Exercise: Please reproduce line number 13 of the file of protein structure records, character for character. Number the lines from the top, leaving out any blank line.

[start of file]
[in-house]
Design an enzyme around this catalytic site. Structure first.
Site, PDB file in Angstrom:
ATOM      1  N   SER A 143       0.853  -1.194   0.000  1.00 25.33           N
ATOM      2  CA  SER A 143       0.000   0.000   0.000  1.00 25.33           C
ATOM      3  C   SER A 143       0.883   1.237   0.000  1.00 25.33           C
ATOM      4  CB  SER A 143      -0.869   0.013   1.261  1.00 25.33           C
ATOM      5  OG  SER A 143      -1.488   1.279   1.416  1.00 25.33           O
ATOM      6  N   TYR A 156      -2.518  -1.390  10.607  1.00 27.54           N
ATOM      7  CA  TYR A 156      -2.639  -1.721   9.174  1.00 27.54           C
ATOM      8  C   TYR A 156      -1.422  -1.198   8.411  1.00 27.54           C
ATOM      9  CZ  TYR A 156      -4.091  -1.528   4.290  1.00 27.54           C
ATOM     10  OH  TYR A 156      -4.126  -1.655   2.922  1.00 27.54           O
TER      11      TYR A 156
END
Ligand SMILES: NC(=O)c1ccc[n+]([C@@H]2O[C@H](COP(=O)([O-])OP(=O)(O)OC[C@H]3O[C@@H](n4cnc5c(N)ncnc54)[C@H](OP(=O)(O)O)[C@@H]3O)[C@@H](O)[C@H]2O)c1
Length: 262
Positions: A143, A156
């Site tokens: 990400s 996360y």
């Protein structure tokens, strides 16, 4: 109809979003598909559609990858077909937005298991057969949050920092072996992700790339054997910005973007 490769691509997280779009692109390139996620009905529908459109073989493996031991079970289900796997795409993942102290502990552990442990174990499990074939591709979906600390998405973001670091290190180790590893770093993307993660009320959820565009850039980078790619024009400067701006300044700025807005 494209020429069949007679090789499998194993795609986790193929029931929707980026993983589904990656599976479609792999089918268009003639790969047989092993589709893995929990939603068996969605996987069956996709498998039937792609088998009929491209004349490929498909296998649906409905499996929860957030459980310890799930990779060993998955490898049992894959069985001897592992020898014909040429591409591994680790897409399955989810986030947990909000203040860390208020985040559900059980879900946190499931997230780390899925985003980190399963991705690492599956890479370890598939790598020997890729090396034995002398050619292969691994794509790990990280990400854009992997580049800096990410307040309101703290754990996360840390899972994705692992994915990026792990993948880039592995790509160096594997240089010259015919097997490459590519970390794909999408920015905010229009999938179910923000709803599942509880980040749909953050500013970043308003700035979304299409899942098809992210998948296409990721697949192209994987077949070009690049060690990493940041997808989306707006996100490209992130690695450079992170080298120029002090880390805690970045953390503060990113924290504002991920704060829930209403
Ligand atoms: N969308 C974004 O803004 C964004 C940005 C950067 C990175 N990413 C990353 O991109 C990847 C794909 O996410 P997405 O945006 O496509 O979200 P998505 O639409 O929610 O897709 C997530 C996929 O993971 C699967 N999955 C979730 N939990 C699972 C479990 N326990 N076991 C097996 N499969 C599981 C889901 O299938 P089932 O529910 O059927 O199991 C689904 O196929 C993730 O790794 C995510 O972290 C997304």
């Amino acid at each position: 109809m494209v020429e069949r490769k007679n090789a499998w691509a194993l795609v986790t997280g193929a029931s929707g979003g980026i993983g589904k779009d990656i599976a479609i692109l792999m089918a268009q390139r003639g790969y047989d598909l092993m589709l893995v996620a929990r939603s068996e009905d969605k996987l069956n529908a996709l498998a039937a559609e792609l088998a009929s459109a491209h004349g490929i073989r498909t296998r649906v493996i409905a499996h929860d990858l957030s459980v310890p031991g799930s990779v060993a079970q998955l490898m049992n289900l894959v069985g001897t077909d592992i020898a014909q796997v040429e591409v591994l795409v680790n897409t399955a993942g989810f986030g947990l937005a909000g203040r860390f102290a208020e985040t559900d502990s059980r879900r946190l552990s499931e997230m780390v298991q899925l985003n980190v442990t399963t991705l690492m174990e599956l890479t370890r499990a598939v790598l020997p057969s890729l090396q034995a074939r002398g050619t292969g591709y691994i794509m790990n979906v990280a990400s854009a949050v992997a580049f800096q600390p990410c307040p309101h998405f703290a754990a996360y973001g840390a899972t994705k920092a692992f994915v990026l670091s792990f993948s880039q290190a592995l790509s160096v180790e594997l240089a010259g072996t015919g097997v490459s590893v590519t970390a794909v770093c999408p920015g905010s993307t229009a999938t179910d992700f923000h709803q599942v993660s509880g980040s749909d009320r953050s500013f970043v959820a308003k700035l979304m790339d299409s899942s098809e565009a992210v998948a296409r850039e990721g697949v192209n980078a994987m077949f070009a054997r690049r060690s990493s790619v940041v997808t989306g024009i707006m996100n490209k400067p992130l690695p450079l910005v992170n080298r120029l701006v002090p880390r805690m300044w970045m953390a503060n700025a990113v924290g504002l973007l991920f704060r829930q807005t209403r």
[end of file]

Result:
ATOM     10  OH  TYR A 156      -4.126  -1.655   2.922  1.00 27.54           O